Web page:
Renowned for his contributions to anthropology, biology, and the social sciences, Bateson asserts that man must think as Nature does to live in harmony on the earth and, citing examples from the natural world, he maintains that biological evolution is a mental process.
Order out of Chaos
Belgian philosopher Isabelle Stengers and Ilya Prigogine, winner of the Nobel Prize in 1977 for his work on the thermodynamics of non-equilibrium systems, make their ideas accessible to a wide audience in this book, which has engendered massive debate in Europe and America. Stengers and Prigogine show how the two great themes of classic science, order and chaos, which coexisted uneasily for centuries, are being reconciled in a new and unexpected synthesis.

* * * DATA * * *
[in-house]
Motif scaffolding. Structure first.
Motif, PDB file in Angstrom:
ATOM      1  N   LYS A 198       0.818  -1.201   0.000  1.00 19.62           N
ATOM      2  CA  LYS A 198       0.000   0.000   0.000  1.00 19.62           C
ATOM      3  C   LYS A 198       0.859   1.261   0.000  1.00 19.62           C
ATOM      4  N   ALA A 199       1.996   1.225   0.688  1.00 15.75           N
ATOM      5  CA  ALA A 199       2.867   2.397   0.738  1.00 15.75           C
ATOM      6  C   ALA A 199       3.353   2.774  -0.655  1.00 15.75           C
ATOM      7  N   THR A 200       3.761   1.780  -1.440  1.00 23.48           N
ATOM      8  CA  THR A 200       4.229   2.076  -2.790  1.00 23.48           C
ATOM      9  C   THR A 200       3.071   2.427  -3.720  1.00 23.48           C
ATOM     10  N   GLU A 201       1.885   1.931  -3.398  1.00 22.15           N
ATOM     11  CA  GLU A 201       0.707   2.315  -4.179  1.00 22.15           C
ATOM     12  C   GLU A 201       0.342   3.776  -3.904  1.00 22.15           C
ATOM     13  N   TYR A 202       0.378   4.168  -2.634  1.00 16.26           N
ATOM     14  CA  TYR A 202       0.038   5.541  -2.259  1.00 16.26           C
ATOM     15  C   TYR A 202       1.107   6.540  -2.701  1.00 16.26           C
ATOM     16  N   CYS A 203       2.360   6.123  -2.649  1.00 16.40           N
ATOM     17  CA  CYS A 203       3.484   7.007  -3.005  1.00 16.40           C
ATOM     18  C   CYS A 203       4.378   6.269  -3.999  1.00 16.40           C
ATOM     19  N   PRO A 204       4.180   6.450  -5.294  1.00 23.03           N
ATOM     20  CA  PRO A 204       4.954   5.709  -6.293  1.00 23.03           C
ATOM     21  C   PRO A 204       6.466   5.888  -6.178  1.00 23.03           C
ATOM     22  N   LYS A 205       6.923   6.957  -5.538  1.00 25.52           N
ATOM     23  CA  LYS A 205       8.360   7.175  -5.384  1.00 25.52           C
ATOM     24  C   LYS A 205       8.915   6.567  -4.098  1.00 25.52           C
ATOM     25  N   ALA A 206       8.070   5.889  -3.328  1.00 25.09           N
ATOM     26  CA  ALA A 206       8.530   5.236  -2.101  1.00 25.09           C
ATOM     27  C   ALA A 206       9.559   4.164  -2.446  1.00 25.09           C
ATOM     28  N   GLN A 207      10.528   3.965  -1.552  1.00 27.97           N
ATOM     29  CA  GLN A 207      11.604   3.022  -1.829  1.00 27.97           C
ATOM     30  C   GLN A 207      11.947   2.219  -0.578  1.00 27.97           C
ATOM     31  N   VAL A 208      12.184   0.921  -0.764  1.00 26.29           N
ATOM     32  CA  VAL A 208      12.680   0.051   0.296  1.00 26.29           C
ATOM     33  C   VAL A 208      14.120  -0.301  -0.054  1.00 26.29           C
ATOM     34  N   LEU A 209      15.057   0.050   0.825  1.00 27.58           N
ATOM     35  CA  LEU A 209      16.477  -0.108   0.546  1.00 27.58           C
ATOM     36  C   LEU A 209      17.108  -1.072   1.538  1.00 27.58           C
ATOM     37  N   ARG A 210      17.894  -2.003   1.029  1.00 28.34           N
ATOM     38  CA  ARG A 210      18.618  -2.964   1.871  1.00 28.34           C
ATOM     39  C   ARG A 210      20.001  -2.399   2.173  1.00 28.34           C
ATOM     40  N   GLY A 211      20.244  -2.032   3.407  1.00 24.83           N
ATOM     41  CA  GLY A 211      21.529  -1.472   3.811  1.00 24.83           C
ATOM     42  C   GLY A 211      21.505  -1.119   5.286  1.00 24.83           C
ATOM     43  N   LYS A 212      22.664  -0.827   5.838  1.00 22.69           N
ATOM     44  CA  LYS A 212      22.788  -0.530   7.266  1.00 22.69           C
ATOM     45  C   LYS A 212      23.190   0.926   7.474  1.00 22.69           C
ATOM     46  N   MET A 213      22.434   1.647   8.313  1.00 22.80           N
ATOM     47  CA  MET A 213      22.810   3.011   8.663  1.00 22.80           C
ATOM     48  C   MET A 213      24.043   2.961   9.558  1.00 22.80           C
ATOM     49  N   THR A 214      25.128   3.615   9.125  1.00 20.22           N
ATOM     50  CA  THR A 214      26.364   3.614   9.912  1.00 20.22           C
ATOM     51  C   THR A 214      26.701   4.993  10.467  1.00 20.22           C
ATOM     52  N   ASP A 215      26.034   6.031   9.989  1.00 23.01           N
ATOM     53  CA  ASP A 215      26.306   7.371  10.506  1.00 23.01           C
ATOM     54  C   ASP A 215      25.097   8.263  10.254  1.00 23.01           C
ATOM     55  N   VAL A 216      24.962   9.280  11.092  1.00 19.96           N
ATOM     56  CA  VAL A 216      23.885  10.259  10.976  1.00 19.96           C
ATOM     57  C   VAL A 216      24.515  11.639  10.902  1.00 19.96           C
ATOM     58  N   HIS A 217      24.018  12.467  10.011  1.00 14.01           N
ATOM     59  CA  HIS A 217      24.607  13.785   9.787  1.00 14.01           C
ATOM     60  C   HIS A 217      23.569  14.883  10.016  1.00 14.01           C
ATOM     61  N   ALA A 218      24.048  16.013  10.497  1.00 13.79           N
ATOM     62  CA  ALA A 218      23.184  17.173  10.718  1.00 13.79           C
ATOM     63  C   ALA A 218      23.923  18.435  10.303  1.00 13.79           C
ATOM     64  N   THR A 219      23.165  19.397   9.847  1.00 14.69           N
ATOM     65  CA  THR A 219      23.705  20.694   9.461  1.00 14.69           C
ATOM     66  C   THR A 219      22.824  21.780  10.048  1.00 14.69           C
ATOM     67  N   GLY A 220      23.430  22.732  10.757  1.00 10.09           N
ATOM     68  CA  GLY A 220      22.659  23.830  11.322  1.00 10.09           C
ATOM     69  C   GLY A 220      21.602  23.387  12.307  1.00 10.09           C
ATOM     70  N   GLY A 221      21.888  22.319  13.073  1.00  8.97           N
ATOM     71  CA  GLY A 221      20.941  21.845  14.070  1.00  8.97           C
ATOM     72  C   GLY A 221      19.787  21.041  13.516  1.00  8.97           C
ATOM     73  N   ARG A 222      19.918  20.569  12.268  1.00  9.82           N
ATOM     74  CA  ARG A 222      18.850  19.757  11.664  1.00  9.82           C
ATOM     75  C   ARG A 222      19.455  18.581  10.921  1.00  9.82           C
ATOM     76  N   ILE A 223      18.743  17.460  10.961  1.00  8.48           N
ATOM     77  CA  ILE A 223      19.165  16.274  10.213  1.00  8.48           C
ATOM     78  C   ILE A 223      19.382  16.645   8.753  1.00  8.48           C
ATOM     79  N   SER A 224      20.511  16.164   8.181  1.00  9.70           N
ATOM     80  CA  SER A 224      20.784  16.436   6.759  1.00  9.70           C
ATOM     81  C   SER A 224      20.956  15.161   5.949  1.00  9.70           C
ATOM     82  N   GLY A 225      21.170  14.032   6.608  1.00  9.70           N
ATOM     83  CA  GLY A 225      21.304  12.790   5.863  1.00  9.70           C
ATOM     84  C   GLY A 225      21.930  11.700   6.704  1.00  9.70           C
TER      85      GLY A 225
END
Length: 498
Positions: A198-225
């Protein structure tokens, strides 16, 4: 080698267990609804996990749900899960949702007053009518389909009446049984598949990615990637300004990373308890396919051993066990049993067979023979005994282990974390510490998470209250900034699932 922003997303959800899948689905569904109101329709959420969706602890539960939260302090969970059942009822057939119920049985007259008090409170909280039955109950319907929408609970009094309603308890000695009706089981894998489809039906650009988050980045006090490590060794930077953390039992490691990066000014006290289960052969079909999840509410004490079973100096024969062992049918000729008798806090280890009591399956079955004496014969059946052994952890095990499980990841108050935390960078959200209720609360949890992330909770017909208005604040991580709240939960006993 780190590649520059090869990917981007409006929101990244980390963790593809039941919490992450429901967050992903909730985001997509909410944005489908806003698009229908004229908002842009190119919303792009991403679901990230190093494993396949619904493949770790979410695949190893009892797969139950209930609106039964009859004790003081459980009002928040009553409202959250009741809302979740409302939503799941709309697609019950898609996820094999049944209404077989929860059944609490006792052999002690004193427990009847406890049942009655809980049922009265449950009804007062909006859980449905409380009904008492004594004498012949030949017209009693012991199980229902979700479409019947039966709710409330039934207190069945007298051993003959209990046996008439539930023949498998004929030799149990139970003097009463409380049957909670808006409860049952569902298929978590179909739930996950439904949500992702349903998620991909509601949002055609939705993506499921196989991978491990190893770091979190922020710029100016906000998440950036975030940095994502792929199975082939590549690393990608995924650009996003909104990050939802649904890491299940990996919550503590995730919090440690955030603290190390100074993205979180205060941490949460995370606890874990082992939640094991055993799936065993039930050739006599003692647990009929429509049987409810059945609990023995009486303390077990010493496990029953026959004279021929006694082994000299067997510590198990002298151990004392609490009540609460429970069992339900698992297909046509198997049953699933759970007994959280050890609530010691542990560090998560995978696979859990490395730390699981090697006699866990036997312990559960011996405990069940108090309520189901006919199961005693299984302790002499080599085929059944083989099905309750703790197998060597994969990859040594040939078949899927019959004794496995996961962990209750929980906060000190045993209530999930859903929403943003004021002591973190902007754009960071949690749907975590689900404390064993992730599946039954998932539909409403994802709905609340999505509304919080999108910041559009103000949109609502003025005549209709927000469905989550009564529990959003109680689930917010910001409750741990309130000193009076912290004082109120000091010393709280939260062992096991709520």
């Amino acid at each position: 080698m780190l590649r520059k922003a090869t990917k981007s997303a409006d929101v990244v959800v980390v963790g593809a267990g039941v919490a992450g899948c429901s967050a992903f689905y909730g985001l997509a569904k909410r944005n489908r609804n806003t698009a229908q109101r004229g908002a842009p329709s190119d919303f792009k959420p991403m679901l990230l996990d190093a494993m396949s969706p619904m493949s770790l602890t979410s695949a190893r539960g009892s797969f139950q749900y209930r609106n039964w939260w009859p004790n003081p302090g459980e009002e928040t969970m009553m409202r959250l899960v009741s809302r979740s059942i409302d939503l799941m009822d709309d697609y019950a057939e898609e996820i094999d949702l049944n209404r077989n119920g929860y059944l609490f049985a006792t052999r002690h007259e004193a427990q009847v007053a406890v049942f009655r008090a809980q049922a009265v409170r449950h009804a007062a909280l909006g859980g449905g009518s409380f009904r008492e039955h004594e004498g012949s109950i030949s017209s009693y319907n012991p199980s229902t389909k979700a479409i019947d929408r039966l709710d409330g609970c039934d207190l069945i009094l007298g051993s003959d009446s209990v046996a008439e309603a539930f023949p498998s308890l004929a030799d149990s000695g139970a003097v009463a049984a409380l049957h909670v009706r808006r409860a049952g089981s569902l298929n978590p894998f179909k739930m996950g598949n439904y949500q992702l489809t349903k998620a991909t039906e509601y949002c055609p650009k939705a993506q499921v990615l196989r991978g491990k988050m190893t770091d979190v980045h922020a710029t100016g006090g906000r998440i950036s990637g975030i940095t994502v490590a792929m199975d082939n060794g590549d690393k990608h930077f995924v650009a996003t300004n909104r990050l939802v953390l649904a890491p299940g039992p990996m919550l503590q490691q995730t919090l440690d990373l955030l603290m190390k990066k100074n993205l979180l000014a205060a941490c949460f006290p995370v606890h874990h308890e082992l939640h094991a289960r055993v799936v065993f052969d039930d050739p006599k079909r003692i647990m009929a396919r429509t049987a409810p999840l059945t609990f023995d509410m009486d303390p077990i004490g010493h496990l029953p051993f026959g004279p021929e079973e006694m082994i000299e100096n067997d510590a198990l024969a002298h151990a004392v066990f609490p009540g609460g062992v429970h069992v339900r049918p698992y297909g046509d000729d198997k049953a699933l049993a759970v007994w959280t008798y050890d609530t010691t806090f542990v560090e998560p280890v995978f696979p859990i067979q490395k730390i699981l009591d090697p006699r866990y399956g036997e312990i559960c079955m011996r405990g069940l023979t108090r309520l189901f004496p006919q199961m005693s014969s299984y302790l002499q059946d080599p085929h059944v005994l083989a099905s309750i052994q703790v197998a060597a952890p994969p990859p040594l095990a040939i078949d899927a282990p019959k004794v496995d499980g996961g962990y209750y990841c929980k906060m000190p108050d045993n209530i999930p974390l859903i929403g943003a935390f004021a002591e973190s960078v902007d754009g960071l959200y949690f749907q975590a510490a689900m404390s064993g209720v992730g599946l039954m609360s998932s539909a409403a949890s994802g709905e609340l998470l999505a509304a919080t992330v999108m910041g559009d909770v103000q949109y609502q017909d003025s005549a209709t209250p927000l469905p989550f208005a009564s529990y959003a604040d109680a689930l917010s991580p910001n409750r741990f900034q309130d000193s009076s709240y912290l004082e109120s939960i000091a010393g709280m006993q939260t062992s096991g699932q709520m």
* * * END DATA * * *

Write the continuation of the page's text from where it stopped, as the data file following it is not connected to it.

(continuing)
Our Cyberspiritual Future
Terence McKenna holds court on our civilization's journey toward the eschaton at this weekend Esalen gathering. With humor and eloquence he riffs on topics from psychedelic states and alien intelligences to time travel and VR. McKenna argues we're evolving toward an unimaginable state of accelerating novelty, propelled by advancing technology. A mind-expanding ride for the open-minded psychonaut or armchair traveler, guided by one of the twentieth century's most eclectic thinkers.
Power of Space
Weaving connections between Eastern thought and modern science, Alan Watts explores the wonder of space. For him, space is no mere emptiness but a cosmic tapestry integral to existence. He draws parallels between space and the Buddhist void, seeing both as the interwoven ground of being that allows consciousness to emerge.
Realizing Human Potential
What untapped gifts lie dormant within us? Aldous Huxley digs for hidden treasure in the human psyche. He proposes mining the world's traditions to unearth practical techniques for actualizing our latent potential. From revamping education for enhanced perception and creativity, to fostering awareness and kindness, Huxley lays out a thought-provoking vision for human flourishing.
Robots, Men, and Minds